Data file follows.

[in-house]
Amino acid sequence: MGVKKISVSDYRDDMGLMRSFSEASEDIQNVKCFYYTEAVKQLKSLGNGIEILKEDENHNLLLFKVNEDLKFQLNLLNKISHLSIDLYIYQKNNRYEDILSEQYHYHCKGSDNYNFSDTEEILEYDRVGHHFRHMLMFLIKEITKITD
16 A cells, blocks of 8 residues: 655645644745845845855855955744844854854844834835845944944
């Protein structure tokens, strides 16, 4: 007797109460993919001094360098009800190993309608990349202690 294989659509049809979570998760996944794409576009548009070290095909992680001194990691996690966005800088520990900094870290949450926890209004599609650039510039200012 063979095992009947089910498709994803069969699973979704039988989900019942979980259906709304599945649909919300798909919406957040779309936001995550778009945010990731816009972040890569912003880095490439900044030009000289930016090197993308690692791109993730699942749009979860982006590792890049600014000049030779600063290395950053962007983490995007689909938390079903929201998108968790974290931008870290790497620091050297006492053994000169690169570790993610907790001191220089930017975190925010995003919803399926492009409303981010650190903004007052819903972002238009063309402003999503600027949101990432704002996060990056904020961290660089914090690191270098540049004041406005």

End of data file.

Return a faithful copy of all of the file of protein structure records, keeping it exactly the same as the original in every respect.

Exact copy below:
[in-house]
Amino acid sequence: MGVKKISVSDYRDDMGLMRSFSEASEDIQNVKCFYYTEAVKQLKSLGNGIEILKEDENHNLLLFKVNEDLKFQLNLLNKISHLSIDLYIYQKNNRYEDILSEQYHYHCKGSDNYNFSDTEEILEYDRVGHHFRHMLMFLIKEITKITD
16 A cells, blocks of 8 residues: 655645644745845845855855955744844854854844834835845944944
């Protein structure tokens, strides 16, 4: 007797109460993919001094360098009800190993309608990349202690 294989659509049809979570998760996944794409576009548009070290095909992680001194990691996690966005800088520990900094870290949450926890209004599609650039510039200012 063979095992009947089910498709994803069969699973979704039988989900019942979980259906709304599945649909919300798909919406957040779309936001995550778009945010990731816009972040890569912003880095490439900044030009000289930016090197993308690692791109993730699942749009979860982006590792890049600014000049030779600063290395950053962007983490995007689909938390079903929201998108968790974290931008870290790497620091050297006492053994000169690169570790993610907790001191220089930017975190925010995003919803399926492009409303981010650190903004007052819903972002238009063309402003999503600027949101990432704002996060990056904020961290660089914090690191270098540049004041406005």